Lansdowne Road stadium (previously owned by the Irish Rugby Football Union) was the venue for home games of both the Irish Rugby Team and the Republic’s national soccer team. Until recently, it had a mixed standing and seating capacity of 49,000. However, as part of a joint venture between the IRFU and the FAI, it is currently being demolished and is expected to be replaced with a 50,000 all-seated stadium by 2009. Accordingly, rugby union and soccer home internationals have been temporarily moved to Croke Park.
Dublin is home to six FAI League of Ireland clubs, Bohemian FC, Shelbourne FC, Shamrock Rovers FC, Saint Patrick’s Athletic FC, UCD AFC and Sporting Fingal FC. Dalymount Park in Phibsboro, the traditional Home of Irish Soccer, is now used only for home games of local club Bohemians. Rivals Shelbourne and Shamrock Rovers play at nearby Tolka Park in Drumcondra, while St Patrick’s Athletic play at Richmond Park in Inchicore on the south west edge of the city. The other senior soccer clubs are University College Dublin, based at the UCD Bowl, Belfield, and newly-formed Sporting Fingal, who play at Morton Stadium, Santry.
The National Aquatic Centre in Blanchardstown is the first building to open in the Sports Campus Ireland. There are several race courses in the Dublin area including Shelbourne Park (Greyhound racing) and Leopardstown (Horse racing).
Dublin Horse Show, Ballsbridge
The world famous Dublin Horse Show takes place at the RDS, Ballsbridge, which hosted the Show Jumping World Championships in 1982. The national boxing arena is located in The National Stadium on the South Circular Road, though larger fights take place in the Point Depot in the docklands area. There are also Basketball, Handball, Hockey and Athletics stadia — most notably Morton Stadium in Santry, which held the athletics events of the 2003 Special Olympics.
The Dublin Marathon has been run since 1980, and the Women’s Mini Marathon has been run since 1983 and is said to be the largest all female event of its kind in the world.
Dublin is a popular shopping spot for both Irish people and tourists. Dublin city centre has several shopping districts, including Grafton Street, Henry Street, Stephen’s Green Shopping Centre, Jervis Shopping Centre, and the newly refurbished Ilac Shopping Centre (all popular meeting-places for decades). On Grafton Street, the most famous shops include Brown Thomas and its sister shop BT2, being akin to Bloomingdales in New York City, for example. Brown Thomas also contains “mini-stores” such as Hermès and Chanel on its Wicklow Street frontage. This is Dublin’s nearest equivalent to a Designer shopping street such as Bond Street in London or 5th Avenue in New York City.
Dublin city is the location of large department stores, such as Clerys on O’Connell Street, Arnotts on Henry Street, Brown Thomas on Grafton Street and Debenhams (formerly Roches Stores) on Henry Street.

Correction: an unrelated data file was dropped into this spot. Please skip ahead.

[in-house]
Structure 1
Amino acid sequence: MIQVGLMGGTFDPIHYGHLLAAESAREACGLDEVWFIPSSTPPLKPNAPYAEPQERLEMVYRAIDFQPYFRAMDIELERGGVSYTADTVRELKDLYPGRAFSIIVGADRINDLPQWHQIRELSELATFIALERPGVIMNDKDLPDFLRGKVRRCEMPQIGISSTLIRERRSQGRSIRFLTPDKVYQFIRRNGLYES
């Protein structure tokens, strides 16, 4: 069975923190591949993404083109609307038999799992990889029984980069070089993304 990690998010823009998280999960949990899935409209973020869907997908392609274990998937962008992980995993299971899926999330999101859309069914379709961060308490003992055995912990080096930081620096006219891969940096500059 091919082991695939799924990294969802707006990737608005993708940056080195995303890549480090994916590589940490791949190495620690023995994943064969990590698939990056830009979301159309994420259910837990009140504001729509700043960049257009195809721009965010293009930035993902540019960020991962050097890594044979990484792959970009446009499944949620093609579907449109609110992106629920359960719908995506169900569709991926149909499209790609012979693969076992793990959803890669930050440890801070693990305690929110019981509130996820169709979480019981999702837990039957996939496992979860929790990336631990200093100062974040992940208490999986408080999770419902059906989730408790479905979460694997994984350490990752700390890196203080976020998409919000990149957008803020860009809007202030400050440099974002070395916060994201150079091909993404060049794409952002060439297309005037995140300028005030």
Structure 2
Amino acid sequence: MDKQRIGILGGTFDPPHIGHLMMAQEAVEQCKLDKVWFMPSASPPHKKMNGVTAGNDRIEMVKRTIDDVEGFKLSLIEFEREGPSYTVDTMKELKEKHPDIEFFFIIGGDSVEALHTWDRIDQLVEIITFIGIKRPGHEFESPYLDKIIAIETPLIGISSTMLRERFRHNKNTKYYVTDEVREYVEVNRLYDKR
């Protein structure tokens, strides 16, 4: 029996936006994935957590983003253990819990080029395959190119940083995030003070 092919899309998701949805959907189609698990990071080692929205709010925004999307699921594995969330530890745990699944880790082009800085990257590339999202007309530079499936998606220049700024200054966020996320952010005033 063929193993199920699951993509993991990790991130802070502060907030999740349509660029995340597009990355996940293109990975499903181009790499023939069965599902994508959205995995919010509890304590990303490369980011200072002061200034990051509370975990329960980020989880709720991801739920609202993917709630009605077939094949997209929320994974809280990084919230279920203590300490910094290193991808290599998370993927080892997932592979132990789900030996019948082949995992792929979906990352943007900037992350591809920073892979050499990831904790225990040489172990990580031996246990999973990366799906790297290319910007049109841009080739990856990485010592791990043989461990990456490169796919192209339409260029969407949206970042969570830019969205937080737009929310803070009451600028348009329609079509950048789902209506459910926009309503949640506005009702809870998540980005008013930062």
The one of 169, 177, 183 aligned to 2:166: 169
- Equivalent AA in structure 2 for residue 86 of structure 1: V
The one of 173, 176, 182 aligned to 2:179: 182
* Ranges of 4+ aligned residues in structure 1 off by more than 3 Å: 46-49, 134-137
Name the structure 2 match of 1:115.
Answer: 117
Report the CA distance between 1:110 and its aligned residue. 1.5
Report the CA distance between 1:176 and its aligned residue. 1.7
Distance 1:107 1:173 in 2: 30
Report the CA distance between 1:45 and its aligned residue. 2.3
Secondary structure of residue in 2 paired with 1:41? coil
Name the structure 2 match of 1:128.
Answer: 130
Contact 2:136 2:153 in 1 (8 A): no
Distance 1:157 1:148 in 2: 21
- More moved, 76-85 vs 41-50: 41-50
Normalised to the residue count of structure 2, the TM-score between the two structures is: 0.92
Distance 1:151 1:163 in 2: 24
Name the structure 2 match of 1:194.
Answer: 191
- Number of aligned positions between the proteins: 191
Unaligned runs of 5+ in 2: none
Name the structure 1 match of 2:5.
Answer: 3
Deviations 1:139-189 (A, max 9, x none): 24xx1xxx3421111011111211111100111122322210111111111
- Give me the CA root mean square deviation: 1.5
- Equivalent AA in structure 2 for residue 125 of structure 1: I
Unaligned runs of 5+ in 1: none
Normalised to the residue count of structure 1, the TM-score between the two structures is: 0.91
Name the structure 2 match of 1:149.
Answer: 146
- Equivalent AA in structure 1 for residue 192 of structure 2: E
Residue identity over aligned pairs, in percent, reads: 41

A major €750m development for Dublin city centre has been given the green light. The development of the so-called Northern Quarter will see the construction of 47 new shops, 175 apartments and a four-star hotel. Dublin City Council gave Arnotts planning permission for the plans to change the area bounded by Henry Street, O’Connell Street, Abbey Street and Liffey Street. The redevelopment will also include 14 new cafes along with a 149-bed hotel. It is expected that work on the new area will start in the second half of 2008. Prince’s Street, which runs off O’Connell Street, will become a full urban street and pedestrian thoroughfare.
Temple Bar (Irish: Barra an Teampaill) is an area on the south bank of the River Liffey in central Dublin, Ireland. Unlike the areas surrounding it, Temple Bar has preserved its medieval street pattern, with many narrow cobbled streets. It is promoted as “Dublin’s cultural quarter” and has a lively nightlife that is popular with tourists.
History of Temple Bar
The area is bounded by the Liffey to the north, Dame Street to the south, Westmoreland Street to the east and Fishamble Street to the west. It probably got its name from the Temple family, who lived in the area in the 17th century. Sir William Temple, provost of Trinity College Dublin in 1609, had his house and gardens in the area. Alternatively, it could have been named in imitation of the Temple Bar in London. However it got its name, the earliest historical reference to the name Temple Bar is on a 1673 map.
Fishamble Street in Temple Bar was the location of the first performance of Handel’s Messiah on 13 April 1742. An annual performance of the Messiah is held on the same date at the same location. The republican revolutionary group, the Society of the United Irishmen, was formed at a meeting in a tavern in Eustace Street in 1791.
In the 1980s, the state-owned transport company Córas Iompair Éireann proposed to buy up and demolish property in the area and build a bus terminus in its place. While this was in the planning stages, the purchased buildings were let out at low rents, which attracted small shops, artists and galleries to the area. Protests by An Taisce, residents and traders led to the cancellation of the bus station project, An Taoiseach Charles Haughey was responsible for securing funding and, in 1991, the government set up a not-for-profit company called Temple Bar Properties to oversee the regeneration of the area as Dublin’s cultural quarter.
Present Day Temple Bar
The area is the location of many Irish cultural institutions, including the Irish Photography Centre (incorporating the Dublin Institute of Photography, the National Photographic Archives and the Gallery of Photography), the Ark Children’s Cultural Centre, the Irish Film Institute, incorporating the Irish Film Archive, the Temple Bar Music Centre, the Arthouse Multimedia Centre, Temple Bar Gallery and Studio, the Project Arts Centre, the Gaiety School of Acting, as well as the Irish Stock Exchange and the Central Bank of Ireland.